Material shortages: NI contractors to get government support

August 5, 2021

The Northern Irish government has set out plans to help contractors deal with material delays and inflation.


*Latest update - The Department on Finance in NI have issued Construction Material Costs during Pandemic Recovery Procurement Advisory Note. Click here to read the document.

The Northern Irish government has set out plans to help contractors deal with material delays and inflation.

The Northern Ireland Executive advised government departments to cooperate “in a spirit of mutual trust” when handling delays caused by the shortage of construction materials. They said that if the contractor has provided the evidence for a materials shortage on an open-book basis, the department should work with them to find alternate materials or a revised completion date. Similarly, they said that irrespective of a clause for price adjustment, an open-book approach should be adopted and the evidence for a potential net price adjustment should be considered.

For future contracts, they said the risks in delays should be looked at beforehand and budgets should be set, keeping inflated prices in mind.

Northern Ireland-headquartered building and civil engineering firm Farrans said the advisory note helped recognise the issues the industry is facing.

Farrans managing director Dominic Lavery said: “While more detail will be issued on the practical application in due course, this acknowledges that contractors could not have foreseen or planned for the price fluctuations and shortages that are currently impacting the global market as a result of COVID and subsequent high demand. We are hopeful that other regions in the UK and Ireland put in place similar mechanisms to support the industry.”

Departments were also requested to speed up the evaluation and award stage of procurements. “It will be difficult for contractors to hold tendered prices open for acceptance for long periods after the tender submission date,” the ministry explained.

Construction Employers Federation managing director Mark Spence said that with public sector work worth £1bn in a £2.5bn market in Northern Ireland, the support was essential. “We welcome this vital lifeline for local contractors who for many months have been shouldering the escalating burden of unforeseen global price increases and material shortages whilst ensuring public works continue to be delivered,” he said.

While contracts in Great Britain included limited provisions for fluctuation in clauses, it had not been the same for Northern Ireland. Spence said that the advisory note would help to equalise things. “This paper allows for increases to be agreed on existing contracts and recommends inclusion of fluctuation clauses in future contracts, bring NI back into line with rest of UK,” he said.

Separately, the Department for Business, Energy, and Industrial Strategy released its latest material price index for the UK today, which showed that prices were up 14.7 per cent in June 2020 compared to the same time last year. Imported plywood and fabricated steel have seen the highest levels of inflation.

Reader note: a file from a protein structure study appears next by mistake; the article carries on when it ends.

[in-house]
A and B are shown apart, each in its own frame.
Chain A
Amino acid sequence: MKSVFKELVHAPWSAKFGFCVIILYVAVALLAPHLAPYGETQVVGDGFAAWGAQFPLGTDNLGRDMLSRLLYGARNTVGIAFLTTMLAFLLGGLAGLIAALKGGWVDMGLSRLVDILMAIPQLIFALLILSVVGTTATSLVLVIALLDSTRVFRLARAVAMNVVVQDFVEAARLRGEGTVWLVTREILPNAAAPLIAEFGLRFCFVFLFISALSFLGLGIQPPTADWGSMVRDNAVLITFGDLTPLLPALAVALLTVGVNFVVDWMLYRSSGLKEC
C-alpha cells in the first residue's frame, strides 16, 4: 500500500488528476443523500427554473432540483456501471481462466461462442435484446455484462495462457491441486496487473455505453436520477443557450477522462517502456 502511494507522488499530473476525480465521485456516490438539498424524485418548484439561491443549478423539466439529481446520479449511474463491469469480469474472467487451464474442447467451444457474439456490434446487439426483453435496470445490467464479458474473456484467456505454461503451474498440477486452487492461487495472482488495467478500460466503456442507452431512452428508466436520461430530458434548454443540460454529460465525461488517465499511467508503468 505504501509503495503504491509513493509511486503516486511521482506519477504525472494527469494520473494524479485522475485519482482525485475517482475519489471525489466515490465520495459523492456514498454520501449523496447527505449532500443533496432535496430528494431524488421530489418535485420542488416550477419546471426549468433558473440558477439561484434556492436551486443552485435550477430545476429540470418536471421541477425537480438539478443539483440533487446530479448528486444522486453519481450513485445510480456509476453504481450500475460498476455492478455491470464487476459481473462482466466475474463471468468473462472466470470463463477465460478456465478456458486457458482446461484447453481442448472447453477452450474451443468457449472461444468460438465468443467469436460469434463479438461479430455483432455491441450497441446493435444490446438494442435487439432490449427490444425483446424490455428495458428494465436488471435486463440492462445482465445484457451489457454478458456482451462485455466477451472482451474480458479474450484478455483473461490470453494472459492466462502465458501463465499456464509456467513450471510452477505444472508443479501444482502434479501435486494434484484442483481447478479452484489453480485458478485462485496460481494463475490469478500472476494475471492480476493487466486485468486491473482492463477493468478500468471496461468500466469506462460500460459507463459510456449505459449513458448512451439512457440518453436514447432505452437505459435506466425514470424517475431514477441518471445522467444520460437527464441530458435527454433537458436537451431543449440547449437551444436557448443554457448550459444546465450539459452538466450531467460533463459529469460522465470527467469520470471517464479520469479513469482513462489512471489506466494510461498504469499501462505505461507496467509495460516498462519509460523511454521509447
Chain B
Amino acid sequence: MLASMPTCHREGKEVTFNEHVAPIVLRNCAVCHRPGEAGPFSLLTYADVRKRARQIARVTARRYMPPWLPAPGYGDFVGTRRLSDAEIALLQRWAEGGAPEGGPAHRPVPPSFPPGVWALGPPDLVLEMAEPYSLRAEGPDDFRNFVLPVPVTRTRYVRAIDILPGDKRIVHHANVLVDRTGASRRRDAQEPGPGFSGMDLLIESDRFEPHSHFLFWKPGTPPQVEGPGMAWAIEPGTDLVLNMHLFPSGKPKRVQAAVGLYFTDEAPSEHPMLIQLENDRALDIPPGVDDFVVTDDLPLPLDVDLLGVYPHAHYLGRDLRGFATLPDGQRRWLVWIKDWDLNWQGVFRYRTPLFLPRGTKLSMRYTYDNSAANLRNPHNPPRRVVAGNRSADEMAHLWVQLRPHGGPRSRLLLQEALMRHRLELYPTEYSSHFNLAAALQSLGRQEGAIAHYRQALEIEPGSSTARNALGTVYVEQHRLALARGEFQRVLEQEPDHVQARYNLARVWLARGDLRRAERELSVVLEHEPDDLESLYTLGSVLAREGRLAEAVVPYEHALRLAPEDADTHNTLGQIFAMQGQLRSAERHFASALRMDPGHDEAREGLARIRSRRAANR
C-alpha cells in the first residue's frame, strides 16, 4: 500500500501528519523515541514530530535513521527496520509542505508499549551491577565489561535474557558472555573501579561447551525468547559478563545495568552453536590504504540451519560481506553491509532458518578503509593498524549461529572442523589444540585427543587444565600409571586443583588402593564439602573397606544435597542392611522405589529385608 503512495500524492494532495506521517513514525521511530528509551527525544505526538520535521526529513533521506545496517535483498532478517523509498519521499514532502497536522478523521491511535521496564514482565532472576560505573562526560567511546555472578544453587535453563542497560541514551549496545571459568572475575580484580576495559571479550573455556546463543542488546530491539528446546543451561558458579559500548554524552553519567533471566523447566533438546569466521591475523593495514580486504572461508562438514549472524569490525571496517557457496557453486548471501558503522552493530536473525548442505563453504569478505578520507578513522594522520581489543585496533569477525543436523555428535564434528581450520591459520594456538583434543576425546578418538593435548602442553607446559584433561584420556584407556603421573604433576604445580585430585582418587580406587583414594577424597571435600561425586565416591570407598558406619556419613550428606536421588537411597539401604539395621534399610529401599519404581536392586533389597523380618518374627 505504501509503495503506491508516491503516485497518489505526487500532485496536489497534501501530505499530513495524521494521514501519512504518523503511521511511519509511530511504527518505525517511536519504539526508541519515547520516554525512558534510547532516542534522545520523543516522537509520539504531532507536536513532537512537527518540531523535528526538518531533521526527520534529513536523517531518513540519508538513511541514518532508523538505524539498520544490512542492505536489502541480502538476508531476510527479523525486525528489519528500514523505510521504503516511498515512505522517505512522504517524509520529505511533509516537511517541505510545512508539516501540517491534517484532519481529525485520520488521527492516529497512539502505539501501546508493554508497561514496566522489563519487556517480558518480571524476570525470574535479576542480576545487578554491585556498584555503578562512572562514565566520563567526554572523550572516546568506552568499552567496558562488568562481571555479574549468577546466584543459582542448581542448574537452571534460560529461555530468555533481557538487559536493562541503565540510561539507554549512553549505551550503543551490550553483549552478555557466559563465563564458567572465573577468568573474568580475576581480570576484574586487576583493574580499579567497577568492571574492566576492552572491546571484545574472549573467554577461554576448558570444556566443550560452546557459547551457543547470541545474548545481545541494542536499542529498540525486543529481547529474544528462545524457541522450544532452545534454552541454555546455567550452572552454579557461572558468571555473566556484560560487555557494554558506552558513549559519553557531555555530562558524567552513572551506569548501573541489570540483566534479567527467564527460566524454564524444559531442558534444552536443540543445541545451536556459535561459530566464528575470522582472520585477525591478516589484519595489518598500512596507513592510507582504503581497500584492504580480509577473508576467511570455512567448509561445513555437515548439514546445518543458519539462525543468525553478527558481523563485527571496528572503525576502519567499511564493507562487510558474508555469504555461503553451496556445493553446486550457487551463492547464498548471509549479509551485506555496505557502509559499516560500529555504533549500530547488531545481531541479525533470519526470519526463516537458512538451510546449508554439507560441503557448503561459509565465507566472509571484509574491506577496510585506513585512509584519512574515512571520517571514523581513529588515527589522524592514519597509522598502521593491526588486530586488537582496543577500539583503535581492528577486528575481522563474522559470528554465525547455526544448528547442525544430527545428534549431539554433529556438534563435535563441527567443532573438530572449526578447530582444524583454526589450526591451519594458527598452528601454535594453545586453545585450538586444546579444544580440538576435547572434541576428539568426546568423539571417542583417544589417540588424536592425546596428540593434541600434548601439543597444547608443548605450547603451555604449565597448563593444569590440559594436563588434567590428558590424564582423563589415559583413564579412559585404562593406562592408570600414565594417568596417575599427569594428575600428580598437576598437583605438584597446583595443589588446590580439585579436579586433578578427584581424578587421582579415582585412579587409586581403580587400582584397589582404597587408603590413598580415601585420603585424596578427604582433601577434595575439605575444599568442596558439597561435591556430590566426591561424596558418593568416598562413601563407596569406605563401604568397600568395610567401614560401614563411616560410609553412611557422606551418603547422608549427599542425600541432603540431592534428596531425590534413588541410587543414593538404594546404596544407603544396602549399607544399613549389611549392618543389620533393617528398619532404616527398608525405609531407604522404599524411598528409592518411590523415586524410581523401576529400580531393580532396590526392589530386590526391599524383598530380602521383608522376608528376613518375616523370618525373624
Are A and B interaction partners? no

Finance Minister, Conor Murphy announced steps are being taken to help government contractors with the rising costs of raw materials.

Minister Murphy said: “Covid-19 has had a huge impact on the availability of construction materials with global demand, product shortages and delivery delays leading to market volatility and increased prices.

“Government contractors are experiencing escalating costs and delays in getting materials which they could not have foreseen when they tendered for government work. I have listened to the concerns of the construction industry and want to do everything in my power to ensure there is no risk to the completion of important projects.

“I am pleased the Executive has agreed my proposals to make provision to manage delays in supplies and to include mechanisms in existing and new contracts to make allowances for inflationary prices. This will provide vital support to our construction industry which will play a key role in our economic recovery while also ensuring important government projects such as schools, hospitals and infrastructure projects are delivered.”

Mark Spence, Managing Director of the Construction Employers Federation said “We welcome this vital lifeline for local contractors who for many months have been shouldering the escalating burden of unforeseen global price increases and material shortages whilst ensuring public works continue to be delivered.

“We particularly welcome the Minister’s recommendation for all new government contracts to provide protection from such external factors in the future. NI construction employers are essential partners to the Executive in delivering every aspect of public services and have continued to do so throughout the pandemic. These proposals start to address the previous imbalance of risk in taking on government contracts and can assist in ensuring continued delivery of public investment in infrastructure.

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